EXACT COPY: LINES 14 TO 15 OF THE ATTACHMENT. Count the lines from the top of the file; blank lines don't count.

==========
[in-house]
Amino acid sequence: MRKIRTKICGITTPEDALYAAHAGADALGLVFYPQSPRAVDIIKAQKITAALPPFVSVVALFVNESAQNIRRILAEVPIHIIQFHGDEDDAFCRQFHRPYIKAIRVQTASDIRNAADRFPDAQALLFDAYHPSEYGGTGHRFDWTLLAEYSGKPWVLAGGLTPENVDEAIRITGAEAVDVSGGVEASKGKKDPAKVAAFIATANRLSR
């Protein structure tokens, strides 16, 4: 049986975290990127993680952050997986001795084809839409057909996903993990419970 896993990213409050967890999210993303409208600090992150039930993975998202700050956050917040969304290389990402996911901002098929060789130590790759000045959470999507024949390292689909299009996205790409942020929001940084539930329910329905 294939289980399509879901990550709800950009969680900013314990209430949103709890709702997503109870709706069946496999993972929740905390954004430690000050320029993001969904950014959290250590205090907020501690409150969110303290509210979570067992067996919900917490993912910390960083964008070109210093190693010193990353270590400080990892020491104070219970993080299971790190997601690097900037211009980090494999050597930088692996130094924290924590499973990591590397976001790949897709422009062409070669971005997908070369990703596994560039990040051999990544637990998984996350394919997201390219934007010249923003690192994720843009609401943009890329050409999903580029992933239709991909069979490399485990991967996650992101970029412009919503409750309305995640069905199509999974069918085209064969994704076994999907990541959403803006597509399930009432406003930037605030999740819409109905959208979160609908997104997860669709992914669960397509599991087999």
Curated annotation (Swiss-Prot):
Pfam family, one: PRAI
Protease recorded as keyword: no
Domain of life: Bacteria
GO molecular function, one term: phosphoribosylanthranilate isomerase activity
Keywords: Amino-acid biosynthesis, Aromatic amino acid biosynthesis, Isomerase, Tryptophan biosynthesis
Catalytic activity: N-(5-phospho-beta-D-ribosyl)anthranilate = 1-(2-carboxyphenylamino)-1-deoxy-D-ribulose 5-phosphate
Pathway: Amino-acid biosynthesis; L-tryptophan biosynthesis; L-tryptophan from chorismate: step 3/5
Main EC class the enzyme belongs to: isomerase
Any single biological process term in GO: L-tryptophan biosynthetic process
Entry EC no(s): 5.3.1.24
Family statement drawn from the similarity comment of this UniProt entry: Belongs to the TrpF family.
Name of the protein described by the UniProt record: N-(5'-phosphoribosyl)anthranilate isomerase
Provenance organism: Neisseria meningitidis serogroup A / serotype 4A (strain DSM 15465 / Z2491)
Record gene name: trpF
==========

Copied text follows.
Entry EC no(s): 5.3.1.24
Family statement drawn from the similarity comment of this UniProt entry: Belongs to the TrpF family.